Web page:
oped; back again to the much earlier period when colossal reptiles and birds were the chief inhabitants of the earth; back again to those still earlier ages when the luxuriant forests nourished that have siren birth to the coal-fields; back once more to the age of fishes; back finally to those earliest periods when the lowest forms of life began to dawn in the Palæozoic era.
As we date remote ages astronomically by the distance of the moon, so we date remote ages geologically by the prevailing organic life. It is a great desideratum to harmonize these two chronological systems, and to find out, if possible, what lunar distance corresponds to each geological epoch. In the whole field of natural science there is no more noble problem. Take, for examine, that earliest and most interesting epoch when life perhaps commenced on the earth, and when stratified rocks were deposited five or ten miles thick, which seem to have contained no living forms higher than the humble Eozoön, if even that were an organized being. Let us ask what the distance of the moon was at the time when those stupendous beds of sediment were deposited in the primeval ocean. We have in this comparison every element of uncertainty except one. The exception is, however, all-important. We know that the moon must have been nearer to the earth than it is at present. There are many very weighty reasons for supposing that the moon must have been very much nearer than it is now. It is not at all unlikely that the moon may then have been situated at only a small fraction of its present distance. My argument is only modified, but not destroyed, whatever fraction we may take. We must take some estimate for the purpose of illustration. I have had considerable doubts what estimate to adopt. I am desirous of making my argument strong enough, but I do not want to make it seem exaggerated. At present the moon is 240,000 miles away; but there was a time when the moon was only one sixth part of this, or, say, 40,000 miles away. That time must have corresponded to some geological epoch. It may have been earlier than the time when the Eozoön lived. It is more likely to have been later. I want to point out that, when the moon was only 40,000 miles away, we had in it a geological engine of transcendent power.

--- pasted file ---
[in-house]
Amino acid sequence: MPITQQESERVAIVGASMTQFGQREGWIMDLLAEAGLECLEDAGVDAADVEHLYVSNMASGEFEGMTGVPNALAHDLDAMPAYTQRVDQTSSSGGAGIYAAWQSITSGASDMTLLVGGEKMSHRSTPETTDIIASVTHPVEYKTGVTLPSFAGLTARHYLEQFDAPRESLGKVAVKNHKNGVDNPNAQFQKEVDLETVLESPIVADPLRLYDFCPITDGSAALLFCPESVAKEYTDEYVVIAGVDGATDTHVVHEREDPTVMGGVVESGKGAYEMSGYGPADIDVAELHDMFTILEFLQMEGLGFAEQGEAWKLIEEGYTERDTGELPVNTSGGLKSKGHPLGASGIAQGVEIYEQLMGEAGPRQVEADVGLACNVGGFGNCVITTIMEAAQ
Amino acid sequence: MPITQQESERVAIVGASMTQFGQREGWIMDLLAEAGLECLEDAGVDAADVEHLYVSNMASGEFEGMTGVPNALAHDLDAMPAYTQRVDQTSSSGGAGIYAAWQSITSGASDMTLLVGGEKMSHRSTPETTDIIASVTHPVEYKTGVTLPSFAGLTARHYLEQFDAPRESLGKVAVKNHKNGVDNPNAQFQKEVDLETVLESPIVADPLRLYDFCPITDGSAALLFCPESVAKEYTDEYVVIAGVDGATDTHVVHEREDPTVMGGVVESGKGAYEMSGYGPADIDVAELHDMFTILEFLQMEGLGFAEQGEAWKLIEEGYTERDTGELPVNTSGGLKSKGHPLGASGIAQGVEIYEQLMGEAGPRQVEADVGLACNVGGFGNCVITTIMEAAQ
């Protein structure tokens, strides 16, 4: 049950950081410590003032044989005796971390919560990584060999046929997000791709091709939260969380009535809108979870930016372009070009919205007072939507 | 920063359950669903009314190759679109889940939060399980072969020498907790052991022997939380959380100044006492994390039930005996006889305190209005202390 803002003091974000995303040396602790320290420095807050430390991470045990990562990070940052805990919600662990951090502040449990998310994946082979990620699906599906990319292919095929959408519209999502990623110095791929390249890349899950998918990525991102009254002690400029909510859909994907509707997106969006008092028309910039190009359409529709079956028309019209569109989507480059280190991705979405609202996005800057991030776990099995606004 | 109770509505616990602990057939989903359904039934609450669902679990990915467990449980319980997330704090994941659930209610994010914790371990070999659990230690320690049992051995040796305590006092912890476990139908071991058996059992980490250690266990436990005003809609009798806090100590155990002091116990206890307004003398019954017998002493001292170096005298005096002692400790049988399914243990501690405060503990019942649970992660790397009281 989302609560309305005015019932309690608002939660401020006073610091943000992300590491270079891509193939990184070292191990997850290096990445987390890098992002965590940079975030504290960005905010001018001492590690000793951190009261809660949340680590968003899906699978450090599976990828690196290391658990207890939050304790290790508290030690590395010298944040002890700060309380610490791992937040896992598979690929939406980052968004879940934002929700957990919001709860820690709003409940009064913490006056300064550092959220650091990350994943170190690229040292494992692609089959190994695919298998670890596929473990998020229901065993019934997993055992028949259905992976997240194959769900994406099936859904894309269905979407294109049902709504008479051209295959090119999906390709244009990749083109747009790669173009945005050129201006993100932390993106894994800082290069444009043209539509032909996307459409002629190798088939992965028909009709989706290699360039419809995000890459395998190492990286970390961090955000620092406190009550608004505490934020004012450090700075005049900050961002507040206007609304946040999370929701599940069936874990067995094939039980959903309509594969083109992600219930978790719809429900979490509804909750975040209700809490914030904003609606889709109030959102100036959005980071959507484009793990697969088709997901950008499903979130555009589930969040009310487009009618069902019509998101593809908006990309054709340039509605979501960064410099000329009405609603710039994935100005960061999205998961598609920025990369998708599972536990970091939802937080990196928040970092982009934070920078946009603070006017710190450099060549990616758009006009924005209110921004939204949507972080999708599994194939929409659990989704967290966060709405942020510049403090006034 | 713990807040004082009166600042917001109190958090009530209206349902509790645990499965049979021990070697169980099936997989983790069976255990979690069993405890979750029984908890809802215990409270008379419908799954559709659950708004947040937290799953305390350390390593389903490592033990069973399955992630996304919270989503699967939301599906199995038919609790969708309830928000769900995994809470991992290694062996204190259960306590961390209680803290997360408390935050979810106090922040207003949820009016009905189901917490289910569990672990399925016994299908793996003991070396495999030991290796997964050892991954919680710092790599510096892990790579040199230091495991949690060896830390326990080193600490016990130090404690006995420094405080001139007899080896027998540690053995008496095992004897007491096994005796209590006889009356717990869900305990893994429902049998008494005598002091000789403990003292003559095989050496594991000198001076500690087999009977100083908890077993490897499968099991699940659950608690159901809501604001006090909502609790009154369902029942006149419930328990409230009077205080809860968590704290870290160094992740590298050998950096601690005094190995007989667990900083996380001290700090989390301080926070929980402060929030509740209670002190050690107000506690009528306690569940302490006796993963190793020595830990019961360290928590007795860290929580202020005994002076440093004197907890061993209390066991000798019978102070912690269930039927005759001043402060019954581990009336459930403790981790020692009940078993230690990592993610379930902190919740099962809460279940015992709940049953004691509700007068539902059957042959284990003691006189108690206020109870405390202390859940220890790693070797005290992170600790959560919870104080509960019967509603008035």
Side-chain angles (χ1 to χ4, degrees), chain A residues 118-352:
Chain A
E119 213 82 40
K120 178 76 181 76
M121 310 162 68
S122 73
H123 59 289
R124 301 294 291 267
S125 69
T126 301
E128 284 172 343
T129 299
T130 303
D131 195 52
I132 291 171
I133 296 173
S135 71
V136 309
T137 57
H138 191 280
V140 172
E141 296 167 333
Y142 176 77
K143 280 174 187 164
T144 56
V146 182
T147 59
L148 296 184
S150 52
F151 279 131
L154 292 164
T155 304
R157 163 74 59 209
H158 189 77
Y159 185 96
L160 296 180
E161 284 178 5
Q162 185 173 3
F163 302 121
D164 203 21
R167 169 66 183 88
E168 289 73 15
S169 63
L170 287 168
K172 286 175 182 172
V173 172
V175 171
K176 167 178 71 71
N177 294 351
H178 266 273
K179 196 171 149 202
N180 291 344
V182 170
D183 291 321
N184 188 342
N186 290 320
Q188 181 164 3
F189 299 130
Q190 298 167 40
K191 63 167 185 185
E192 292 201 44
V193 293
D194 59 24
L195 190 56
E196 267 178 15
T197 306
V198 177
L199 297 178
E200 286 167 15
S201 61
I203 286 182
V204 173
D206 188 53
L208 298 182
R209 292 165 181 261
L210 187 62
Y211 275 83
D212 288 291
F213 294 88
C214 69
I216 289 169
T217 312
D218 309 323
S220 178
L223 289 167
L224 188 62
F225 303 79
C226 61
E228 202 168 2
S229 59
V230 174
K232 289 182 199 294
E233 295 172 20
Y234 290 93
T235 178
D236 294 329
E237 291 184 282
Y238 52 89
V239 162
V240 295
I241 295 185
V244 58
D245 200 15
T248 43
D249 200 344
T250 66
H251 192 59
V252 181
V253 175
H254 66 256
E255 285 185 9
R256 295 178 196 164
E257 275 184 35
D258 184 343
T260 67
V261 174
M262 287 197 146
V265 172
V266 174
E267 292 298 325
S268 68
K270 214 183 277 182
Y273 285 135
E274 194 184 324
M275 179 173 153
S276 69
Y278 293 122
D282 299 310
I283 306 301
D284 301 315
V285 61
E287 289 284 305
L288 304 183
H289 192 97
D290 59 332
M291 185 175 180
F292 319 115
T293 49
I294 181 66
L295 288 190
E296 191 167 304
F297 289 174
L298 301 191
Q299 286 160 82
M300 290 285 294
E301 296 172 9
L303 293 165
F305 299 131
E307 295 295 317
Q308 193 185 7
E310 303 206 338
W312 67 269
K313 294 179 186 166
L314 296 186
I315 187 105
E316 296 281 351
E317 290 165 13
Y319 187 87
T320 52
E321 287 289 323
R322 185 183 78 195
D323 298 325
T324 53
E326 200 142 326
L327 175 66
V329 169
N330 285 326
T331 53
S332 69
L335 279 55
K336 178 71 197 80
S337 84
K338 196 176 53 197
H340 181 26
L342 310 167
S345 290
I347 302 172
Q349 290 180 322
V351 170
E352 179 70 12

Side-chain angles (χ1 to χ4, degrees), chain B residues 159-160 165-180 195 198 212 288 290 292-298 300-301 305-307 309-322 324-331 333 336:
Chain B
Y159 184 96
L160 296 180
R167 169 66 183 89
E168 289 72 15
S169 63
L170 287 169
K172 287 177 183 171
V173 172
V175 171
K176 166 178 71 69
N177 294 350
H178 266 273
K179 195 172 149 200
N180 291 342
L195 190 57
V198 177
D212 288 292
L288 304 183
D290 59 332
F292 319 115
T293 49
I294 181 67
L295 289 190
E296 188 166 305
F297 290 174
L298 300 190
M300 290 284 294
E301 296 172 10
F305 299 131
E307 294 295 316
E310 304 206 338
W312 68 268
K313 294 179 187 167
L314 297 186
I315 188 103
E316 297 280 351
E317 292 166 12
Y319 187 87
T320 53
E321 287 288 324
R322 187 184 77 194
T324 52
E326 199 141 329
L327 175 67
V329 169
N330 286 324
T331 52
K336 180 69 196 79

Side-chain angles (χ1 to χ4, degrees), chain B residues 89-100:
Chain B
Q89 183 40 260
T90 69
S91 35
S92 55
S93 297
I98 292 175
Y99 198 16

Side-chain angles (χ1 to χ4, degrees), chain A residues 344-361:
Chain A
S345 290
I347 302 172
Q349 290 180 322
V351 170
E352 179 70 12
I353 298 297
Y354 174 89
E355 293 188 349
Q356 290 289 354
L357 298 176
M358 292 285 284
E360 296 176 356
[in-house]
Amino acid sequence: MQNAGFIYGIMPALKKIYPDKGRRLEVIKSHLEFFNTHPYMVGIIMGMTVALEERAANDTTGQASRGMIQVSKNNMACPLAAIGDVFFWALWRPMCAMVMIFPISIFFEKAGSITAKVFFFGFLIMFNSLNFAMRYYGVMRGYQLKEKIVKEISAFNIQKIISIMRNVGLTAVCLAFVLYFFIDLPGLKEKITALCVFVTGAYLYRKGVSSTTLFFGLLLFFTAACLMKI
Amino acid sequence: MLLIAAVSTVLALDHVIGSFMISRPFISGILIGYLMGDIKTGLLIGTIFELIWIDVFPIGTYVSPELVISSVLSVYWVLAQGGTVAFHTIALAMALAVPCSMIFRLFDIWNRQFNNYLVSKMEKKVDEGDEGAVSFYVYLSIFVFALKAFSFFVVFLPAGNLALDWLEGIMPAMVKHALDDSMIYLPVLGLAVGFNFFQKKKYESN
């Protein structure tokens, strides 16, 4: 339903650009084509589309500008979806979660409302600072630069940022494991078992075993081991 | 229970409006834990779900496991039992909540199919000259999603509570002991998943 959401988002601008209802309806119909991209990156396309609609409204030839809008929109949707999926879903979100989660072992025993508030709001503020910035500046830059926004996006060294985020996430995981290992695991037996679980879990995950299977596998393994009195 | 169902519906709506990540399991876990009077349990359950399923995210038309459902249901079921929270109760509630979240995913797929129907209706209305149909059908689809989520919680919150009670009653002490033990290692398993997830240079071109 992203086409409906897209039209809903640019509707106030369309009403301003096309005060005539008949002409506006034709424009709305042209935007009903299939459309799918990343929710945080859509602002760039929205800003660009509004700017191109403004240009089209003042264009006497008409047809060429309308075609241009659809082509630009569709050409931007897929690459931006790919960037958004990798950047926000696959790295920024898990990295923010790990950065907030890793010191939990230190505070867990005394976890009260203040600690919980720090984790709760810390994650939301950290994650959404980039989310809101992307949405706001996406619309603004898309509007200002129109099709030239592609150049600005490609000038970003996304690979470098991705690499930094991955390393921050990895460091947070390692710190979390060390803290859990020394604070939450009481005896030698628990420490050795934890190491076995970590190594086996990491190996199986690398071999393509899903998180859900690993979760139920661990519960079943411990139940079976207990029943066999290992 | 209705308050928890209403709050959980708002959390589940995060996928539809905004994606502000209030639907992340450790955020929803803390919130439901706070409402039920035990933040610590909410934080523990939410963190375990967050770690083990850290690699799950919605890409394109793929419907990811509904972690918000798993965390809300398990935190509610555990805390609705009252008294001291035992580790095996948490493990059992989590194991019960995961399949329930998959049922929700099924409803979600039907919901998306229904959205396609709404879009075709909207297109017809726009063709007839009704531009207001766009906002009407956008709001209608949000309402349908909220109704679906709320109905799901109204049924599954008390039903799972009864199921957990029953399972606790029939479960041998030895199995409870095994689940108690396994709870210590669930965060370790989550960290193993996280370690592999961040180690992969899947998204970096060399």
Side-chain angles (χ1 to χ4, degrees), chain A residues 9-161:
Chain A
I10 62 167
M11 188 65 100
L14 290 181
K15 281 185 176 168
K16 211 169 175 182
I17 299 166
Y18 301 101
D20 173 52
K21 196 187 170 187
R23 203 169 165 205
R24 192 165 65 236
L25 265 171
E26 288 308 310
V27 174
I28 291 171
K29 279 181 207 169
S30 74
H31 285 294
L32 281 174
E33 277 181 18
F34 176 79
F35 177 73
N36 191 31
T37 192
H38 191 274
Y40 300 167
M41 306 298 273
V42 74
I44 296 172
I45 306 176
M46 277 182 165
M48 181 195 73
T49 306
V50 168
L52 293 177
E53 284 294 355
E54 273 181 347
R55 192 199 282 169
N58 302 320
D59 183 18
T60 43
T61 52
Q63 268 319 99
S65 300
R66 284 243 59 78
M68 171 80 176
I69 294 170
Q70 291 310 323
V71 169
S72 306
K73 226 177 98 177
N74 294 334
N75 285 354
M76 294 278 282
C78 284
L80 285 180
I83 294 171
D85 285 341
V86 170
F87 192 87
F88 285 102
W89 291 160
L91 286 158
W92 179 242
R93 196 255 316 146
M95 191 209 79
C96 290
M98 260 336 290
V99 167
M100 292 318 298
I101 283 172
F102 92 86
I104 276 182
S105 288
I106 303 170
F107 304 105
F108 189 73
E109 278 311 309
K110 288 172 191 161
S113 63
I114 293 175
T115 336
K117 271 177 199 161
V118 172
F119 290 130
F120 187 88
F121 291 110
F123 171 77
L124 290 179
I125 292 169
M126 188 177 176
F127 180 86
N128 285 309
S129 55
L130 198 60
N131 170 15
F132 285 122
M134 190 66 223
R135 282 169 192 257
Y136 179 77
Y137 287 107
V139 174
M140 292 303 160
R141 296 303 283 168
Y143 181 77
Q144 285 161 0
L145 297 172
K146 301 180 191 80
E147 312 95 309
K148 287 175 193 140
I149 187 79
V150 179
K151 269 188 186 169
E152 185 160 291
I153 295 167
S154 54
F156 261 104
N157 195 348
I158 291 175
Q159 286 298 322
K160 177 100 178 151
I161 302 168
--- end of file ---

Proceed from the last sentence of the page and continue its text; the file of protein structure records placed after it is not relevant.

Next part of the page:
On the primitive oceans the moon raised tides as it does at present; but the 40,000-mile moon was a far more efficient tide-producer than our 240,000-mile moon. The nearer the moon the greater the tide. To express the relation accurately we say that the efficiency of the moon in producing tides varies inversely as the cube of its distance. Here, then, we have the means of calculating the tidal efficiency for any moon-distance. The 40,000-mile moon being at a distance of only one sixth of our present moon's distance, its tidal efficiency would be increased 6 X 6 X 6 fold. In other words, when our moon was only 40,000 miles away, it was 216 times as good a tide-producer as it is at present.